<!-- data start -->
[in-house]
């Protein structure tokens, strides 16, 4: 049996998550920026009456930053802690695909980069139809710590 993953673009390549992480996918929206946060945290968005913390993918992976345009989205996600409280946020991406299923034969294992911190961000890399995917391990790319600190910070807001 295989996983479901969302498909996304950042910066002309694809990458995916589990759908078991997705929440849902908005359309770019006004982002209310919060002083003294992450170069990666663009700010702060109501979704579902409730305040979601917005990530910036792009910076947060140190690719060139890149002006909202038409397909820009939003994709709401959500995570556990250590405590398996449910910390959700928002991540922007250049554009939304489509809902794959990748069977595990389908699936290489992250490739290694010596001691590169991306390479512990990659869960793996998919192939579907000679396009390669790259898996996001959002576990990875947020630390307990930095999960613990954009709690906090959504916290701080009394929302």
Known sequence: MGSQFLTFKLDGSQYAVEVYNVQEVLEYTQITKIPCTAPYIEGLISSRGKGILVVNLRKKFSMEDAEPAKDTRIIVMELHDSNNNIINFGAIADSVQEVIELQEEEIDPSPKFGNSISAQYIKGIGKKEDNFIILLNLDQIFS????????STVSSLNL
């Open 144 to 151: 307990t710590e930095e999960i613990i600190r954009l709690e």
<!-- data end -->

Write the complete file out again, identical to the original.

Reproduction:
[in-house]
């Protein structure tokens, strides 16, 4: 049996998550920026009456930053802690695909980069139809710590 993953673009390549992480996918929206946060945290968005913390993918992976345009989205996600409280946020991406299923034969294992911190961000890399995917391990790319600190910070807001 295989996983479901969302498909996304950042910066002309694809990458995916589990759908078991997705929440849902908005359309770019006004982002209310919060002083003294992450170069990666663009700010702060109501979704579902409730305040979601917005990530910036792009910076947060140190690719060139890149002006909202038409397909820009939003994709709401959500995570556990250590405590398996449910910390959700928002991540922007250049554009939304489509809902794959990748069977595990389908699936290489992250490739290694010596001691590169991306390479512990990659869960793996998919192939579907000679396009390669790259898996996001959002576990990875947020630390307990930095999960613990954009709690906090959504916290701080009394929302």
Known sequence: MGSQFLTFKLDGSQYAVEVYNVQEVLEYTQITKIPCTAPYIEGLISSRGKGILVVNLRKKFSMEDAEPAKDTRIIVMELHDSNNNIINFGAIADSVQEVIELQEEEIDPSPKFGNSISAQYIKGIGKKEDNFIILLNLDQIFS????????STVSSLNL
């Open 144 to 151: 307990t710590e930095e999960i613990i600190r954009l709690e």